Asphalt, it has stick-to-itive-ness
Cost drives nearly every decision made. It may be true that if you have to ask how much something costs you probably can’t afford it, but to not be concerned over what something will cost is unreasonable. So in deciding if asphalt is for you, first ask yourself; do you want to invest in your future by adding value to your home?
Well why would anyone say no to that?
With the decision made to asphalt where do you go first? You are here! Asphalt costs of course vary depending on where you live, how far the contractor must haul the asphalt, how deep or thick you will need it to be, how good of a base you already have or need.
Starting with the base. A good solid sub-base that is level, (except of course if you are on a hill), contoured slightly to the outside so that when the asphalt is laid water will not puddle, and have no pot holes, or if there are pot holes the need to be filled and compacted so they do not cause new pot holes in your new asphalt.
The asphalt it’s self will cost, as per Cost Helper between $2 and $5 per square foot. Always, when doing a project around the house pencil in the larger amount to your budget. You will save some hair pulling out times if you over budget instead of under budget a project.
Asphalt is a combination of crushed aggregate, (gravel that is washed and sized to about 1/8” or smaller), sand and an asphalt cement. All mixed together off you site at an asphalt plant and delivered to your site hot and ready to be laid. At the plant a number of different things to strengthen the asphalt can be added. Fibers are one of those additives. The stronger mix of asphalt you buy the longer it will last. According to buildingjournal.com good asphalt driveway should last approximately 20 to 25 years if maintained every three to four years with a good sealer.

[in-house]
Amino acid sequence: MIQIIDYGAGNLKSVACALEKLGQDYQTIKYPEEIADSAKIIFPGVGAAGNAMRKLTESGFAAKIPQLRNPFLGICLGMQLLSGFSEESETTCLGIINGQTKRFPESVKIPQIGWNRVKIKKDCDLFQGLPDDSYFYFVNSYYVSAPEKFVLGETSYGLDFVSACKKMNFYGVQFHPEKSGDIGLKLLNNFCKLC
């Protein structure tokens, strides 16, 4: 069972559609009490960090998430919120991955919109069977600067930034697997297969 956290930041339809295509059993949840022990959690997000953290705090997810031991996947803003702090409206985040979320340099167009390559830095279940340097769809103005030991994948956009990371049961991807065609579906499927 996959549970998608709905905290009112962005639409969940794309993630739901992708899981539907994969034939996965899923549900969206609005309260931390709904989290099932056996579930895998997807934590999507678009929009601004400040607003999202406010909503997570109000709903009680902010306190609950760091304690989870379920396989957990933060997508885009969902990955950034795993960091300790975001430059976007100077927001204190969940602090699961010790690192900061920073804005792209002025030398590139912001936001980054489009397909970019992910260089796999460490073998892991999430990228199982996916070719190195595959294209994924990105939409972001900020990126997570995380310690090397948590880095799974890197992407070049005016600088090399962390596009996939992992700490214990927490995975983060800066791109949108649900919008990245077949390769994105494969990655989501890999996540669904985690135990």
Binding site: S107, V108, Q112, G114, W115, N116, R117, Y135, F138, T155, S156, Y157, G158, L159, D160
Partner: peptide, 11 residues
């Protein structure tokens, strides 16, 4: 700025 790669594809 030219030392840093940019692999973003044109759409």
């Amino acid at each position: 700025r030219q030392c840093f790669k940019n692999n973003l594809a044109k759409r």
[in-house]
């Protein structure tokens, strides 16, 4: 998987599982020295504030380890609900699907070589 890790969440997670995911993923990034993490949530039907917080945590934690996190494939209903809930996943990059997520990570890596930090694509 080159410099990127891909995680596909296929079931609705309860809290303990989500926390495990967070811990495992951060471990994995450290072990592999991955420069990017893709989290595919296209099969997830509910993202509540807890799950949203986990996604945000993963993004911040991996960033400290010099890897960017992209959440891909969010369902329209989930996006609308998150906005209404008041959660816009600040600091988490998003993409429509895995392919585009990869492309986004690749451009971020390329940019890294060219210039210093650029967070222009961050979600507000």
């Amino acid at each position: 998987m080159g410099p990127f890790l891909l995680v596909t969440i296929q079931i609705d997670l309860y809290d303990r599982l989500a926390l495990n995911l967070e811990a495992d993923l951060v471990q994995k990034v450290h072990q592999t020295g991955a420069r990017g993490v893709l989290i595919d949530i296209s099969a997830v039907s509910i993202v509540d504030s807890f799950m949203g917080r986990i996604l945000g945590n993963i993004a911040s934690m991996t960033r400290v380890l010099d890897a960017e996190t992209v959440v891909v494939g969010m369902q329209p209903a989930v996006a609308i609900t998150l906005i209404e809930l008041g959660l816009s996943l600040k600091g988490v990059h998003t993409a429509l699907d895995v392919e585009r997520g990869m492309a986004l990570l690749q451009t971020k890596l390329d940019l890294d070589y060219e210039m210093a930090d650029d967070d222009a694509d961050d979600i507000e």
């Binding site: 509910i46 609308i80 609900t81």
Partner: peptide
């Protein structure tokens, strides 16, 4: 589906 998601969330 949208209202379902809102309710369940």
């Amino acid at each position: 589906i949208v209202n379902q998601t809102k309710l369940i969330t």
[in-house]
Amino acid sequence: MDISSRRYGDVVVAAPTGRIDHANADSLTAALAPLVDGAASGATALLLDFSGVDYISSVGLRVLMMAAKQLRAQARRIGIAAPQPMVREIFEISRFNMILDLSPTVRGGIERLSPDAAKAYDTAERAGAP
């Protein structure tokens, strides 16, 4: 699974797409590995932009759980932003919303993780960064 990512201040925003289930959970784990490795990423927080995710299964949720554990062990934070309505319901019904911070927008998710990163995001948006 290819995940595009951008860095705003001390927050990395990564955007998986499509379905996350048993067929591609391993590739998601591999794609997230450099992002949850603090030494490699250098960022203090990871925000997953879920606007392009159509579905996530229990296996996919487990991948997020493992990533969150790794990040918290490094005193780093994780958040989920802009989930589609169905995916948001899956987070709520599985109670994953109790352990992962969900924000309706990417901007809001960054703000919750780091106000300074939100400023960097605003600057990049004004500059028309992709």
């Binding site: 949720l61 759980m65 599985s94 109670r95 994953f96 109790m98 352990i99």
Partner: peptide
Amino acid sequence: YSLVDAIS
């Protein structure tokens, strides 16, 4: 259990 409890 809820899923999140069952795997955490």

TIP: Ask your contractor if he recommends adding anything to the basic asphalt. If he is worth his fee he should be able to school you in the additives available, what they are and if they would be beneficial to you. Not to just up sell you so he can make more money, but to make sure you are getting the best bang for your buck!
In laying down asphalt, two layers are most desirable. If your driveway is used by heavy vehicles like boats, RVs or some of the really big heavy duty pick-ups, you might consider having your contractor add cement asphalt to your base first. This will give more strength to your driveway and the bond between the base and the two top layers will be more durable to carry that extra weight. Kind of like putting good insoles in your shoes for a cushion.
Always-always do some research on who you hire to do this type work, or really any home improvement. Never assume just because someone is listed on the internet, in the phone book or even on the bench at your bus stop or train station, that they are licensed, bonded, insured, guarantee their work or even know what they are doing. I recommend asphalt driveway repair be completed by Asphalt Service Utah.
Get references. Check for yourself that their license is up to date. Probably the most important thing to remember is that a handshake is a handshake, a deal is a deal, but a written contract with everything you can think to write down is written out, is like writing something in stone. It will last through many trials—and not just the trials of your patience!